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Energy Drinks Are They Safe or Killing You?

Last Updated on by James Jackson

Energy drinks are found everywhere – they are growing in popularity and actually been around since 1997. Today their sales are out pacing every other drink on the market and are available at every corner store, gas station and supermarket with more than $9 billion being spent annually on energy drinks. Even children and teens are using these beverages. But are they safe to for adults to consume and are they OK for children to drink? Do they cause health risks?energy drinks

Many people tend to have an energy drink after their workout, but energy drinks contain caffeine, which makes them a diuretic, and so if a person takes them after a workout they need to be very careful. Energy drinks can actually be dehydrating. One energy drink contains the equivalent of caffeine that one cup of coffee does. For this reason alone, children and teens should never have energy drinks, although there are many other reasons not to allow children and teens these drinks.

Some energy drinks contain as much as 3 servings of caffeine, which is why they give you the energy bolt, but that can be dangerous and increase your blood pressure. There have been studies done where energy drinks are given before a workout and they found elevated blood pressure.

Scientific studies in adults show that caffeine can increase improve concentration, alertness,  and enhance one’s mood. When caffeine intake remains at a modest intake (less than 400 milligrams per day) for most adults it will be safe. However, too much caffeine can cause irritability, including restlessness and difficulty sleeping. With massive caffeine an overdose can happen causing reduced blood flow to your heart and cause abnormal heart rhythms.

Many energy drinks also contain sugar, which is ‘real energy,’ because your body is able to use the sugar as fuel. However, keep in mind that excess sugar also means excess calories, which has been shown to cause weight gain.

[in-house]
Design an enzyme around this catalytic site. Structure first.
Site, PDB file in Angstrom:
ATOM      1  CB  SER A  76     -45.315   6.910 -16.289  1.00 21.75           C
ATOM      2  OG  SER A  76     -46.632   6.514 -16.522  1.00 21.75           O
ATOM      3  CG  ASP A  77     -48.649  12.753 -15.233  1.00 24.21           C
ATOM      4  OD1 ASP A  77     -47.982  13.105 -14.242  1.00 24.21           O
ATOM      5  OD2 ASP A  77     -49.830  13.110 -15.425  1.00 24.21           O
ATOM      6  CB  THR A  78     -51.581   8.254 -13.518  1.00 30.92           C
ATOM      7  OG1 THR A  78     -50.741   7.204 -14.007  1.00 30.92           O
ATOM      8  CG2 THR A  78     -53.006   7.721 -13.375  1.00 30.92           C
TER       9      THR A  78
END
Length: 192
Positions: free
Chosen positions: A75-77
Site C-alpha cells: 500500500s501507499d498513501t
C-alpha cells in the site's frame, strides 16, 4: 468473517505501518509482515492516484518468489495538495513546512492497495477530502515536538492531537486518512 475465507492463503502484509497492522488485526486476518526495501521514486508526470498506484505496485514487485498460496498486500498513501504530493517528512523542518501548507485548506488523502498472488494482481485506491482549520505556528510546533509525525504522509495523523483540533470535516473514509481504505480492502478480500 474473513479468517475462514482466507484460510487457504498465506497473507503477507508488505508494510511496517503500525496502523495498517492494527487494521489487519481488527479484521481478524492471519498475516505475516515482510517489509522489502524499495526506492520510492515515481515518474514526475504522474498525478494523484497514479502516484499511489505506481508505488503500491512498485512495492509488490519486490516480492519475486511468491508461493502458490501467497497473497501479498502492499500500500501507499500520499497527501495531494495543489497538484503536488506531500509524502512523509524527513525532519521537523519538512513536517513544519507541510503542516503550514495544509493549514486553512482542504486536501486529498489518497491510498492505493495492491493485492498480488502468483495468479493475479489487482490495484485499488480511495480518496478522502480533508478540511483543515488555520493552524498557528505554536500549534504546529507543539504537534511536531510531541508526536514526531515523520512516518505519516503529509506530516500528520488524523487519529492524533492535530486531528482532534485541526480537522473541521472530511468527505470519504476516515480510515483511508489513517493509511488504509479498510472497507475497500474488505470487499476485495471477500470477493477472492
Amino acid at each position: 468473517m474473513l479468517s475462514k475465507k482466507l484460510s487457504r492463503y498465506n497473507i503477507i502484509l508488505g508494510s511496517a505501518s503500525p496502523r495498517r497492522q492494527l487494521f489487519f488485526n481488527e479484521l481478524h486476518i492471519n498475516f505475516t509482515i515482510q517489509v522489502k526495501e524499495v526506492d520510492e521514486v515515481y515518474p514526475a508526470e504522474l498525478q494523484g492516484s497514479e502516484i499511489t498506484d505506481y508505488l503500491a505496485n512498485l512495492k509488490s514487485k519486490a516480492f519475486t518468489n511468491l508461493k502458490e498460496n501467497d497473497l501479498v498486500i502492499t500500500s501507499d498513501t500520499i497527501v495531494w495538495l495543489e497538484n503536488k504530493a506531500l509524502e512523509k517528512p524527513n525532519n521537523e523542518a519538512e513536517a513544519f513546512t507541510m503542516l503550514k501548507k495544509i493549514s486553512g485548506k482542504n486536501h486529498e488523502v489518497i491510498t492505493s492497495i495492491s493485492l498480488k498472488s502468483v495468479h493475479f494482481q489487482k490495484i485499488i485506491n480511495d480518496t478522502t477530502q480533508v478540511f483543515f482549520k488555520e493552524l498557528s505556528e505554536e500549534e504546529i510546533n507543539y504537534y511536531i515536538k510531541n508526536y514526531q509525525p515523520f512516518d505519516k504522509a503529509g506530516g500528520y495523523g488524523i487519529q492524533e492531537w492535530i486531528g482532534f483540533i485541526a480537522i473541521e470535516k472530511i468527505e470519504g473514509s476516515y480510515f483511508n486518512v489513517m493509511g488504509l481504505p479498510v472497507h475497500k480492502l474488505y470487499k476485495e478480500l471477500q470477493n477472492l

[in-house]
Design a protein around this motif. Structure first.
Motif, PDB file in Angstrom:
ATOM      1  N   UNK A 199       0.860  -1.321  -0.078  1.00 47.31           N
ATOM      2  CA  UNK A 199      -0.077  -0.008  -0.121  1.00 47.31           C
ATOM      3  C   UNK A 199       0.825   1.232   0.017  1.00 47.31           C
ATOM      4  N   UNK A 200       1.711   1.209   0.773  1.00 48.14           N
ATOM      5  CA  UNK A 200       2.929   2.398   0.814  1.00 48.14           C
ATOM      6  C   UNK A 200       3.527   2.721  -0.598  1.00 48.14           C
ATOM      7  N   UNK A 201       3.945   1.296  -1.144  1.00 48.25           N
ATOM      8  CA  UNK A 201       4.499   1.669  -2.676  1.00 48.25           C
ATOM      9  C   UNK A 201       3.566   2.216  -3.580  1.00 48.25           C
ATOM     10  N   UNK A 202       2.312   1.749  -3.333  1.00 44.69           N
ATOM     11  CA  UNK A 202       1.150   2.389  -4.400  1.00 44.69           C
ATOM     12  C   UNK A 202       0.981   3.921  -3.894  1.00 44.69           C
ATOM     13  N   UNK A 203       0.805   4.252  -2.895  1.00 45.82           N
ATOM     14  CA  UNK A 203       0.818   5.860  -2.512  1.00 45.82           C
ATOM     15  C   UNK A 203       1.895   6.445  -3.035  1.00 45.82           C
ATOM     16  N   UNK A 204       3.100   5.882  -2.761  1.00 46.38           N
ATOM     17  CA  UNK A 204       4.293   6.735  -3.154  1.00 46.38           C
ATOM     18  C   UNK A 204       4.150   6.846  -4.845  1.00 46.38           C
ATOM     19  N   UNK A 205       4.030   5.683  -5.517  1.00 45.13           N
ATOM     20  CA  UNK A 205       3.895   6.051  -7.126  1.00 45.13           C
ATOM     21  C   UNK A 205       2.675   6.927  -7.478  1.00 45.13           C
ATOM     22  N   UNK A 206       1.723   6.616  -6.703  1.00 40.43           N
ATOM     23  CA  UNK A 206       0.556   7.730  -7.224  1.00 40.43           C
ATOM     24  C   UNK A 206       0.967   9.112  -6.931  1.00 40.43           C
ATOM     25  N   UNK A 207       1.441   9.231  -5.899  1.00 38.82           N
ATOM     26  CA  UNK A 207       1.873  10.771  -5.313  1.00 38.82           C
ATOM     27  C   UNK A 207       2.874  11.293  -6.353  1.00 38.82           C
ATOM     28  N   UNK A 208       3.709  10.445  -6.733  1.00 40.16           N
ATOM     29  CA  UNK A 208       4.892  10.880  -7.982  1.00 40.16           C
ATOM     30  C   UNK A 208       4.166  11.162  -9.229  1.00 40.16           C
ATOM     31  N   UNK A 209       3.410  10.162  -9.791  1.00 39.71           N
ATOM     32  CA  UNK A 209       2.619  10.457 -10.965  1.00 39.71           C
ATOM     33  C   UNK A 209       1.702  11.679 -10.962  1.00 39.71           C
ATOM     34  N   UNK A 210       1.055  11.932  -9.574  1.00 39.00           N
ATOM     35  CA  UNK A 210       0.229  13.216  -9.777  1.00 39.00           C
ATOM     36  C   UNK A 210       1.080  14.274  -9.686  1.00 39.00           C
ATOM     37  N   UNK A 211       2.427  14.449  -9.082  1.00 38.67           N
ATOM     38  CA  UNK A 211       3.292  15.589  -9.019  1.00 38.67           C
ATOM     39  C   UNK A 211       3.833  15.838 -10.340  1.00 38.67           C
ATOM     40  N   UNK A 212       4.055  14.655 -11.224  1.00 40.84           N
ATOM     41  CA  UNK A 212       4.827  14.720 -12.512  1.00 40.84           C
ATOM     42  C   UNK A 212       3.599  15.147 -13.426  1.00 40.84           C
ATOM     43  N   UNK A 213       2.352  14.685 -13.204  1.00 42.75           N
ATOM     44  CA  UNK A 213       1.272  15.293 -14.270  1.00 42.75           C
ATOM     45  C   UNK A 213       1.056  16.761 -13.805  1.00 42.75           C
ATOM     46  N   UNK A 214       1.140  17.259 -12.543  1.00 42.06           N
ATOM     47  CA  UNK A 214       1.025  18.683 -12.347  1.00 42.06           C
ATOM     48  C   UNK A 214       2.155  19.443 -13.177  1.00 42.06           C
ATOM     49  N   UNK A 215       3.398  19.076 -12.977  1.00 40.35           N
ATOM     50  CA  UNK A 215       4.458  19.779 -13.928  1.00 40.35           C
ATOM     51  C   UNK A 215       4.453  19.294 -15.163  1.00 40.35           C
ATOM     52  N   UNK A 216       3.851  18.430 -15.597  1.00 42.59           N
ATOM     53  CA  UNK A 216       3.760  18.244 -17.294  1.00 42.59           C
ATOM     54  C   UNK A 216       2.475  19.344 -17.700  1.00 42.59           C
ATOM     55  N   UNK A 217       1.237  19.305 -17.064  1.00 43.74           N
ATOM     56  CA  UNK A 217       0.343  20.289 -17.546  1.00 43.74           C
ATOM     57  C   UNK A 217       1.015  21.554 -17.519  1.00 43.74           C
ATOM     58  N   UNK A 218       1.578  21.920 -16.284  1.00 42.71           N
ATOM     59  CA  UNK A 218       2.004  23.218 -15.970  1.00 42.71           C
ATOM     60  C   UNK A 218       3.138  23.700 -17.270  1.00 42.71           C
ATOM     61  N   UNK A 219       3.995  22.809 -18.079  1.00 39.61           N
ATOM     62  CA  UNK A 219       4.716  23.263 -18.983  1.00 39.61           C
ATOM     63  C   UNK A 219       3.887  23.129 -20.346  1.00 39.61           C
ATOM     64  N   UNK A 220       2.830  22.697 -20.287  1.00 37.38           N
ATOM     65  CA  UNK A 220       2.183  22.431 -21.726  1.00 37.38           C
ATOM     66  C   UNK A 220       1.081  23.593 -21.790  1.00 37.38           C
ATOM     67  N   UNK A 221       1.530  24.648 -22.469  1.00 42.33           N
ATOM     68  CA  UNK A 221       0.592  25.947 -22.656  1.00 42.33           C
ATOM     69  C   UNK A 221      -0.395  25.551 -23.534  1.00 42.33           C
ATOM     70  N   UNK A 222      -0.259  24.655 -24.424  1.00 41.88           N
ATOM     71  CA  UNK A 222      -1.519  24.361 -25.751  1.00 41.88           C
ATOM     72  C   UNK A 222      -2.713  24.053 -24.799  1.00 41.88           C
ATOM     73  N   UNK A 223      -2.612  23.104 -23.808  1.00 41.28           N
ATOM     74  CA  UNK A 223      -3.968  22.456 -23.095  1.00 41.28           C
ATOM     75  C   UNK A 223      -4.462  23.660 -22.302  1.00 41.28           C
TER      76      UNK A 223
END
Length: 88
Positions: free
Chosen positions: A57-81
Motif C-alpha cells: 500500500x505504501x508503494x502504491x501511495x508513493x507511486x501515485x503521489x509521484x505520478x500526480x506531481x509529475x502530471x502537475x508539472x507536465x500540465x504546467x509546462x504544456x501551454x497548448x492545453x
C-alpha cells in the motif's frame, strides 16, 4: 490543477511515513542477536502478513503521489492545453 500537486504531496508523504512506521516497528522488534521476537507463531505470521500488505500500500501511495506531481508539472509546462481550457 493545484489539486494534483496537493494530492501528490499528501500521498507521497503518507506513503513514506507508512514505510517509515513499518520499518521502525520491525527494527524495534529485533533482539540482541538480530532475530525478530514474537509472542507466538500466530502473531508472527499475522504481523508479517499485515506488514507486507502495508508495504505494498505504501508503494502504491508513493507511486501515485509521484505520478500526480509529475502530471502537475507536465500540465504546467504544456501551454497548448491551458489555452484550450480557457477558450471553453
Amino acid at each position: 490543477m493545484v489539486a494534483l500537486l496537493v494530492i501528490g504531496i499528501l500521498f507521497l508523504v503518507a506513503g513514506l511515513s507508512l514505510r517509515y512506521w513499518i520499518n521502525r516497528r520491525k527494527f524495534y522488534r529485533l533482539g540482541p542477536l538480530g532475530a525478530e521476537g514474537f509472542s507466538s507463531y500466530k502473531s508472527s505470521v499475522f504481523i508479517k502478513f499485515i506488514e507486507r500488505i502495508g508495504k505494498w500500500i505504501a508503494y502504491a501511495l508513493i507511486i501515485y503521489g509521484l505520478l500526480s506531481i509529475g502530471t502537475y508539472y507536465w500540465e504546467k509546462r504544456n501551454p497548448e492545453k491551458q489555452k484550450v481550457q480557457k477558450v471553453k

Energy drinks also include ingredients such as the amino acid taurine, vitamins and ginseng, but they likely don’t impact one’s energy level enough to be noticed, even though manufacturers claim their importance and benefits. One should take caution with: ginseng because it interferes with a number of prescription medicines.

At no time should children or teens use energy drinks and adults should only use in moderation and with a full understanding of what they are.

Energy Drinks Vs. Sports Drinks – Do You Know the Difference?

You will find both energy and sports drinks in the same section of the store, often beside each other. Energy drinks are drinks like Monster or  Five Hour Energy and sports drinks are drinks like Gatorade or Powerade. Sports drinks contain water, electrolytes and carbohydrates. They are designed to help to rehydrate athletes and to replenish electrolytes and carbohydrates that are used up d during vigorous activity. There is nothing wrong with sports drinks – they are safe and effective, because they don’t contain stimulants like an energy drink does. Energy drinks used through sports will not provide energy and they do pose a risk or serious medical distress because they mess with your heart.

 The Danger of Energy Drinks and Alcohol

On Nov. 17, 2010, the FDA ruled drinks purchased that are ready to drink and that contain both caffeine and alcohol are unsafe. While the ruling meant that premad products containing both were no longer available it hasn’t stopped the practice of combining alcohol with energy drinks.

Surveys have found that as many as 50% of college students regularly drink a combination of energy drinks and alcohol. This practice is very dangerous.

The caffeine in energy drinks may offset the drowsiness alcohol causes and so individual stay awake and drink more which can lead to alcohol poisoning. In addition, because the energy drink makes you feel more alert, you might not realize you are impaired and this could lead to you driving when you should not. Drink responsibly and don’t mix alcohol and energy drinks.

Should You Use Energy Drinks

Energy drinks haven’t been proven safe and because they are a supplement they do not require FDA regulation. This means that the control over the ingredients is very lose and the health effects are not well studied.

The Bottom Line – Should you Use Energy Drinks?

Children and teenagers should never consume an energy drinks. As an adult having an energy drink occasionally, like once a day, means you aren’t likely to experience any harmful effects. But too much caffeine can cause a great deal of health issues and it is strongly recommended that you do not mix energy drinks with alcohol.

Look for simpler choices to increase your energy, such as an HGH supplement like Genf20 Plus, which has many anti aging benefits that can also increase your energy in a healthier manner.

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